Welcome
This is the kitchen where we talk about food, life, and recovery—a spiritual path to healing and peace.

Invitation
You are invited to keep coming back to A Cup of Kindness to share your experience, strength and hope; fears, doubts and insecurities; and to pick up information, inspiration … and have a little fun!

My story
In January 2007, at the age of 51, I joined a 12-step program and began my recovery from food addiction, losing 75 pounds in the process. Read more…

In January 2011, at the age of 55, I began my recovery from a multi-trauma accident, 36 fractures, damaged lungs, and post traumatic stress. Read more…

I am deeply grateful for all the kindnesses, large and small, offered to me in recovery. Here I am... alive… still making progress … still not perfect … finding a new way forward in a growing community of women and men who share a lot in common around food and life.

I hope you'll join me in this kitchen and let me know what's cooking with you.

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Food

What Happened

In January 2007, at 6 feet tall, 230.4 pounds and age 51, I started participating in a very strong 12-step program for food addiction that changed me as a person, gave me a rock-steady spiritual foundation, provided a structure that created all new habits, and stoked me into an engine for losing 75 pounds (95 pounds down from my top weight of 250).

This was a completely different experience than all the diets I had tried for so many years. Not only did I lose the weight, but I’ve kept if off, one day at a time, ever since.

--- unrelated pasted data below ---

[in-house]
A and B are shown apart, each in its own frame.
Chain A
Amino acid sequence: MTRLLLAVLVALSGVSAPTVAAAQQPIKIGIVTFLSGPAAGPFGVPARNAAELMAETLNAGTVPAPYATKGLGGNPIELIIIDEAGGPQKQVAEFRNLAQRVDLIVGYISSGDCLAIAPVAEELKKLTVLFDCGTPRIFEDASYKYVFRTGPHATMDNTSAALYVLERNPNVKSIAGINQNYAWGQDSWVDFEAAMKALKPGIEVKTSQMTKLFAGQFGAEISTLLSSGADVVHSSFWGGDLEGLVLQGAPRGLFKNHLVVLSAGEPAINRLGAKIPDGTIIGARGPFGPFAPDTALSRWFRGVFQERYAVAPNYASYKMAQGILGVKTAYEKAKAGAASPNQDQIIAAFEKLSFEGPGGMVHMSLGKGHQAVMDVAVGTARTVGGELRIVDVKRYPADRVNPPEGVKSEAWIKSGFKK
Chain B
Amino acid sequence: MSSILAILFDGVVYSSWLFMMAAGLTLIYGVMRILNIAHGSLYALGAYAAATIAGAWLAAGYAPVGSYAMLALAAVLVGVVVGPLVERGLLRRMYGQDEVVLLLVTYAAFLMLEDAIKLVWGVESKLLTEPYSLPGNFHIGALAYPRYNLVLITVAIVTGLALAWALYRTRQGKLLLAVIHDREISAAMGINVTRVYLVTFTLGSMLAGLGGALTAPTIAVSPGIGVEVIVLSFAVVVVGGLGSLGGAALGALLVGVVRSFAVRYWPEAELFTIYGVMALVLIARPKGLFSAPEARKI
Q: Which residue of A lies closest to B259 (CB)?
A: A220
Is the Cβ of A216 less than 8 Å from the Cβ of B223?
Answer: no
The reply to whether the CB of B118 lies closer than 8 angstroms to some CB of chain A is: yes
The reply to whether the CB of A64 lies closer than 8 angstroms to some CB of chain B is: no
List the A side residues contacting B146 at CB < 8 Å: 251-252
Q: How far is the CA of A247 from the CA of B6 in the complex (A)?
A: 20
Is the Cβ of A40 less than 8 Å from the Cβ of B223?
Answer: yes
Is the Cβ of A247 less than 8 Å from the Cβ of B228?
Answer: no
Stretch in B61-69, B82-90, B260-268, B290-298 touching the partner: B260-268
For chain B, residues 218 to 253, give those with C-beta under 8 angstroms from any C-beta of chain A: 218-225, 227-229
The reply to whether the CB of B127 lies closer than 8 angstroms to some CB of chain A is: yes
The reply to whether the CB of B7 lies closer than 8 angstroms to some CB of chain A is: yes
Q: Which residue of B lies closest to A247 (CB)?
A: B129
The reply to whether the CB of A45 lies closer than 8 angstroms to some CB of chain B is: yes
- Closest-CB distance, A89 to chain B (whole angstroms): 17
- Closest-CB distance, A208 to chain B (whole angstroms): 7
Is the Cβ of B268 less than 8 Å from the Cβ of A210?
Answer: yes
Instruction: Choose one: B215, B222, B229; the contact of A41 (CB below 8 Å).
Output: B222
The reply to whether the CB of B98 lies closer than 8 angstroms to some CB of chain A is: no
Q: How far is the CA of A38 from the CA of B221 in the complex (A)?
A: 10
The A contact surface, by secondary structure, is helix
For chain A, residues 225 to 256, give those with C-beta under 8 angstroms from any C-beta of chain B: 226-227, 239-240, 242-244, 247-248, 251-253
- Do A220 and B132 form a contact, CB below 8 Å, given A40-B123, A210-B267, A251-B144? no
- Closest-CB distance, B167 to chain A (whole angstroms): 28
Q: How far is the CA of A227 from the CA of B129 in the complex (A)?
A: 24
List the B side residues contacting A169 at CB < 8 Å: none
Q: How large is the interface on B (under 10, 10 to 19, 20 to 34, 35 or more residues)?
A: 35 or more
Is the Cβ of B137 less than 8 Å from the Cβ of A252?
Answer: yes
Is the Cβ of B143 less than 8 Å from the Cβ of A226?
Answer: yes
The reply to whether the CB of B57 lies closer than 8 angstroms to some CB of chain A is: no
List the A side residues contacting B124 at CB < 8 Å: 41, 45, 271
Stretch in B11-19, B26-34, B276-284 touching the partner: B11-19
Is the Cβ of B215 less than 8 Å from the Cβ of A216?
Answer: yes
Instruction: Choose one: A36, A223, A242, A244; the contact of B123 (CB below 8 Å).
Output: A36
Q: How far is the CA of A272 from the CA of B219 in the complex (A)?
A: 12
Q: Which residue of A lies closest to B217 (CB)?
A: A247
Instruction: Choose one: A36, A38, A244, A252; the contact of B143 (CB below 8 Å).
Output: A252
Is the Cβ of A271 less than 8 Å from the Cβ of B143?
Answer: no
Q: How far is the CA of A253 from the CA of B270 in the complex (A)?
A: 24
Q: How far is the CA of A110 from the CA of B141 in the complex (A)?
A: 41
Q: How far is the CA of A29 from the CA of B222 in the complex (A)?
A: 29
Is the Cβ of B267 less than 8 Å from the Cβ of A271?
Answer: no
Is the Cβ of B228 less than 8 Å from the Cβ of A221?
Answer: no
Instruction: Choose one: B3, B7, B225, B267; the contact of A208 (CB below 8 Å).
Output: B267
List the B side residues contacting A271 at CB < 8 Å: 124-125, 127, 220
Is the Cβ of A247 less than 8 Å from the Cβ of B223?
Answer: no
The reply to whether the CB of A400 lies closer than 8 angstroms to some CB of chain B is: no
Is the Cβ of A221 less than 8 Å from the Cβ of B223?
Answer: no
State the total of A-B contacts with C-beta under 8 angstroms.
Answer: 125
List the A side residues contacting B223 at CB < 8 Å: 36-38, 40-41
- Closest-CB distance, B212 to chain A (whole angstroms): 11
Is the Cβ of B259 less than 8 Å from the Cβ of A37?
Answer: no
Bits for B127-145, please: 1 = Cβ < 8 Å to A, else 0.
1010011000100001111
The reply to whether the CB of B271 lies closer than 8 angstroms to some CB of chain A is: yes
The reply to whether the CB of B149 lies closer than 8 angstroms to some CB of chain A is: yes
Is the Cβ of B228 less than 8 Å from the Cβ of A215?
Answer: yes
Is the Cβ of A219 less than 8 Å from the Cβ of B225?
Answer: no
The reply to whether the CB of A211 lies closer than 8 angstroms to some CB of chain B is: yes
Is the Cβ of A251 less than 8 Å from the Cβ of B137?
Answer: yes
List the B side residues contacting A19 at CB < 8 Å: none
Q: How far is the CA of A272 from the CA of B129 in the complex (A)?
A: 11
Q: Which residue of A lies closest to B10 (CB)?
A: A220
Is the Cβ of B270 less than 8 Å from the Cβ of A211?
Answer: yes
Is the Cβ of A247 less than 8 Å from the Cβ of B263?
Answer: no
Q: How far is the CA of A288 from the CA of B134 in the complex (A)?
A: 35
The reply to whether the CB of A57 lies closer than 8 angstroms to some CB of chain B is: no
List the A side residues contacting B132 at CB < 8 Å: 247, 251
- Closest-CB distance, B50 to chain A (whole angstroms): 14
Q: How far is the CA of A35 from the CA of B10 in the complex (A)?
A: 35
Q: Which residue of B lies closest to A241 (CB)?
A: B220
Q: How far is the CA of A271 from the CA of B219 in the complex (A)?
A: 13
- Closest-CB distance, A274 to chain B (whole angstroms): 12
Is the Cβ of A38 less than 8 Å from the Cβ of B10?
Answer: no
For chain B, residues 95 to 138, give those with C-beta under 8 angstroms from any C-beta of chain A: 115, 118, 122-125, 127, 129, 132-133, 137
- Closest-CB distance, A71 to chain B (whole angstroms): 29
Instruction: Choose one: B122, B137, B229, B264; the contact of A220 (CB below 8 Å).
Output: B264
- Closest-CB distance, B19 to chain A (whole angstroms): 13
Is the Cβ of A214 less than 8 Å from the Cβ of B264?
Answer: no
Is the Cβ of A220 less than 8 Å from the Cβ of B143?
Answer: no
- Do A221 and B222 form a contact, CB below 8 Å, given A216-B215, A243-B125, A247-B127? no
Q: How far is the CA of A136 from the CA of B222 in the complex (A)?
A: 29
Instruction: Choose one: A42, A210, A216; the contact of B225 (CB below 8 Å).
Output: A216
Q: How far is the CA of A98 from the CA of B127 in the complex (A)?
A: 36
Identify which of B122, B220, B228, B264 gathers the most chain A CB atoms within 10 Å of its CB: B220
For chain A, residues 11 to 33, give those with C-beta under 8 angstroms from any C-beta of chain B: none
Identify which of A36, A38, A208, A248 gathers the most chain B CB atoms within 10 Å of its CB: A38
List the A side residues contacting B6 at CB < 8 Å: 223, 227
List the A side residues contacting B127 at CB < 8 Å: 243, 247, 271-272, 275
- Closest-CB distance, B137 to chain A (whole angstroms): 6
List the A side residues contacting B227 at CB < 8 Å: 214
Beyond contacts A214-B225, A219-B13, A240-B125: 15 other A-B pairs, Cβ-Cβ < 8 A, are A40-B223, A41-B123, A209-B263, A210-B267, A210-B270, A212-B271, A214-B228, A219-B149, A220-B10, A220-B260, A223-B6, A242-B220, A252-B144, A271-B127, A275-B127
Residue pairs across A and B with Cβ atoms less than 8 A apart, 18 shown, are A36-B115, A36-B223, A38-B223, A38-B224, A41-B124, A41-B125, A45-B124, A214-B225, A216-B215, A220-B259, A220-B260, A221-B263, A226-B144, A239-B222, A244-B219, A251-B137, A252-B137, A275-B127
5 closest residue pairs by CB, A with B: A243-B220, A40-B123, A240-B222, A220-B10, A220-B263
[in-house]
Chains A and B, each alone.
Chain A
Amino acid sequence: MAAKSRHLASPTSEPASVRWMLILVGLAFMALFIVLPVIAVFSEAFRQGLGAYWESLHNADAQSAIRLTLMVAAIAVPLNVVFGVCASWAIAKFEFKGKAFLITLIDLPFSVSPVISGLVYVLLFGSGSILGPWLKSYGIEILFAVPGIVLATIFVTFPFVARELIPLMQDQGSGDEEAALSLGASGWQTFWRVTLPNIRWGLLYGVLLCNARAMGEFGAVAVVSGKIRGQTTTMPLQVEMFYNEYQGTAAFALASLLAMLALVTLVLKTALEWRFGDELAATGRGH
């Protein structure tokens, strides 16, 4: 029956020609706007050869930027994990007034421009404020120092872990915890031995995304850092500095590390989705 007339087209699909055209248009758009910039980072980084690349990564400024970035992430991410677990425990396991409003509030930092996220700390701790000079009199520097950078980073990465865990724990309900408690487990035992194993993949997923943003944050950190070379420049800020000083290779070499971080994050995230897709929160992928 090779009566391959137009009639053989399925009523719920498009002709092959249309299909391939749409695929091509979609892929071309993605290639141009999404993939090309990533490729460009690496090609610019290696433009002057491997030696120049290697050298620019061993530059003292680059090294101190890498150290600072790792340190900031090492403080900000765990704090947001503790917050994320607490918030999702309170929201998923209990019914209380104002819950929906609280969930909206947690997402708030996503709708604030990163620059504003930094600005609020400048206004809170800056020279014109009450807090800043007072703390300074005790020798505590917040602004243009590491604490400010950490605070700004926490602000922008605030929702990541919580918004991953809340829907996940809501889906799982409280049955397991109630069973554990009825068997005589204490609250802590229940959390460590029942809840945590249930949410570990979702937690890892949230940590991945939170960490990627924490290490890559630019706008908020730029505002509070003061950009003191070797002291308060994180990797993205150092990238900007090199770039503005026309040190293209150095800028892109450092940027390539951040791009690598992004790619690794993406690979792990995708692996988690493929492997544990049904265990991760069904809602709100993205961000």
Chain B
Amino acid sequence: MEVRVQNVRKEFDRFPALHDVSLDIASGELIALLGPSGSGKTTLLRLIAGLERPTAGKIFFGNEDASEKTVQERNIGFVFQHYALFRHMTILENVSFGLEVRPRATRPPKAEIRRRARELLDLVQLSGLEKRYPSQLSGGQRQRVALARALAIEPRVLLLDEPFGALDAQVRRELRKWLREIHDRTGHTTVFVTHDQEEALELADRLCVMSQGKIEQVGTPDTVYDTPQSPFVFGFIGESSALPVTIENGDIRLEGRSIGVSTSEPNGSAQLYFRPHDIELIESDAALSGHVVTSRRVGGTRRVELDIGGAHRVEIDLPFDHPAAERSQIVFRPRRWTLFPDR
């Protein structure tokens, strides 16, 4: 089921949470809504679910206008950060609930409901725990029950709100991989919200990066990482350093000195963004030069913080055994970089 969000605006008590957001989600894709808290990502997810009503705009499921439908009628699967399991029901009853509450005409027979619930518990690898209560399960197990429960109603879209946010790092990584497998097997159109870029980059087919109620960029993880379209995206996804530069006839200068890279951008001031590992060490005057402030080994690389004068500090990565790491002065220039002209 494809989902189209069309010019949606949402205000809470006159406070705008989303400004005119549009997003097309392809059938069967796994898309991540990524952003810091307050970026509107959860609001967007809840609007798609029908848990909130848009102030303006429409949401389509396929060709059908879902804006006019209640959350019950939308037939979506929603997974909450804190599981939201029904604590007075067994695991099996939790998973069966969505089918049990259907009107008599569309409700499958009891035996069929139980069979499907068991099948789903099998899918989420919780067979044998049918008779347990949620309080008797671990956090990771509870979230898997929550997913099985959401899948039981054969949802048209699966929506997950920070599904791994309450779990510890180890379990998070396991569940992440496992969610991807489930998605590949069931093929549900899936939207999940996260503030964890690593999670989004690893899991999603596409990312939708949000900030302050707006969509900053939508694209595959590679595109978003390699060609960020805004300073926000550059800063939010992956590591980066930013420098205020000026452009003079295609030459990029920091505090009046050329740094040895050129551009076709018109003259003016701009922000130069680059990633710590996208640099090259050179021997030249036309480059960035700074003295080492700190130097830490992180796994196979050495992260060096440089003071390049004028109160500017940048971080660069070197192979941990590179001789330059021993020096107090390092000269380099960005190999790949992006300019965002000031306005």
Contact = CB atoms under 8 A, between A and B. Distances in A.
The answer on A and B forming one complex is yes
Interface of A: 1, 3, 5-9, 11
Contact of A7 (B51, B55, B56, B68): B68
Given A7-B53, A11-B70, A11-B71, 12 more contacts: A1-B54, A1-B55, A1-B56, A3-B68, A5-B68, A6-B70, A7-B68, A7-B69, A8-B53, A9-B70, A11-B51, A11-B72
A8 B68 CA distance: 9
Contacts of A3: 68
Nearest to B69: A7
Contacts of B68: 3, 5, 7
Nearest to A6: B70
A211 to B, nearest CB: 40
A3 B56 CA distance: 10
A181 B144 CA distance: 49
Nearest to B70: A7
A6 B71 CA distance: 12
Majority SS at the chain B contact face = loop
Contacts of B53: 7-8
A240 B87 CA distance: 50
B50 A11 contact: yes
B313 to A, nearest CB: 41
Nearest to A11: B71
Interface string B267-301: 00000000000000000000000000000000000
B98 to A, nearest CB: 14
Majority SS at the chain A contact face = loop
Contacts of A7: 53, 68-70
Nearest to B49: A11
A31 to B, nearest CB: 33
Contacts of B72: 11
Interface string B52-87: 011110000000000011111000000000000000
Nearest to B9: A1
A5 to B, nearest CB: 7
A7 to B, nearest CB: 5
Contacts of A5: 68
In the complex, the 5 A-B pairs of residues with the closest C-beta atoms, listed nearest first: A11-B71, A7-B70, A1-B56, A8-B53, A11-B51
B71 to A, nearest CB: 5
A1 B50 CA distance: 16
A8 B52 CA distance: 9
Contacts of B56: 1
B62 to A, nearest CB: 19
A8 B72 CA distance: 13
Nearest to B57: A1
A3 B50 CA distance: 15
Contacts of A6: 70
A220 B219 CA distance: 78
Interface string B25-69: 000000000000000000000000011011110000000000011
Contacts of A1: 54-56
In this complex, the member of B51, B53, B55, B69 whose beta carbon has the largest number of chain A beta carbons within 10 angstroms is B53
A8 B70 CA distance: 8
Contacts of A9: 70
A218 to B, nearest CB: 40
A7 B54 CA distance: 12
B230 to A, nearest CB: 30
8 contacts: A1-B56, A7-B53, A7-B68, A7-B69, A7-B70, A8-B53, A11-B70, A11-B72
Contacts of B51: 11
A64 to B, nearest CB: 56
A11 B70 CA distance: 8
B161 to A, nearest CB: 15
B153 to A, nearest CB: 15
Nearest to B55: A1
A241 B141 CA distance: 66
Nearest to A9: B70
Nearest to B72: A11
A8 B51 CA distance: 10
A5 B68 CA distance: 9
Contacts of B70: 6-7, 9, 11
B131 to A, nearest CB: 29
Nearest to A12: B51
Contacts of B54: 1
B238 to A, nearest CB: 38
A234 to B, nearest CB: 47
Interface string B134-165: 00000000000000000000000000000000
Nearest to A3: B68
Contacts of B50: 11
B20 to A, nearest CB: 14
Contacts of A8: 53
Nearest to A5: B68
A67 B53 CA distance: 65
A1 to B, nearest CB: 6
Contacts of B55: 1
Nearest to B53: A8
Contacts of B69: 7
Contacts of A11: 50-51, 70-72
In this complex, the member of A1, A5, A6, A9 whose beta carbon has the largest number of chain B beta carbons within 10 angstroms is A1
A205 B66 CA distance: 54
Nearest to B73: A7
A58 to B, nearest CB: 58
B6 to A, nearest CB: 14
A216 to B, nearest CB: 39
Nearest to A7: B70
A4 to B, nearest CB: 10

The 12 steps continue to give me good orderly direction. The love of the fellowship and, through the fellowship, the new relationship I have with a Higher Power brought me to sanity when I desperately needed it.

A Cup of Kindness is not a substitute for the life-changing influence of a 12-step program. It’s meant to be a conversation where we open up and find the way our own special fire wants to burn.

So, with the help of my sponsor and my Higher Power, here’s the way I eat. What’s cooking in your kitchen?

What I eat

  • Whole Grains and Potatoes – Brown rice, basmati rice, wild rice (expensive though), corn grits, oatmeal (regular or steel cut, but not instant), quinoa, barley, bulgur, spelt, kamut, kasha, amaranth, buckwheat, and wheat berries, are all great! I recently learned to soak grains for a least an hour or so (sometimes overnight), discarding the soaking water and adding fresh water to cook. I love sweet potatoes. I eat white potatoes less frequently because they are a nightshade plant and perhaps a bit toxic for me.
  • Fresh Vegetables – I never met a vegetable I didn’t like. The starchy, sugary ones I eat in moderation. Eggplant and tomatoes are in that nightshade family. I still eat them, just not so often.
  • Fresh Fruits – They are all sweet and delicious and good to eat.
  • Proteins – Beans, lentils, nuts, seeds, eggs, fish, tofu and tempeh. I rarely eat poultry and larger animals because I’m concerned about the environmental impact of raising them and the suffering that is created by their slaughter (both for the humans doing the work and the animals who are killed). A note about nuts and seeds: raw nuts are recommended, such as almonds, walnuts, or pecans. Raw nuts can be mixed with raw seeds, such as chia seeds, sesame seeds, sunflower seeds, and/or shredded coconut.
  • Dairy – I eat dairy occasionally. I’m especially fond of goat’s milk yogurt. Other dairy foods include hard cheeses like cheddar, and soft cheeses such as cottage cheese, ricotta, farmers cheese, feta, and mozzarella. Milks that work include unsweetened coconut, hemp, almond, hazelnut, and soy.
  • Fats – Olive oil on salads and avocado oil for cooking.
  • Spices, salsa, Dijon mustard – I enjoy these freely.
  • Overall – As much as possible, I bring home local, organic, fresh, wild-caught, sustainably and humanely raised foods. The more I do that, the more I am of service in the world.

What I don’t eat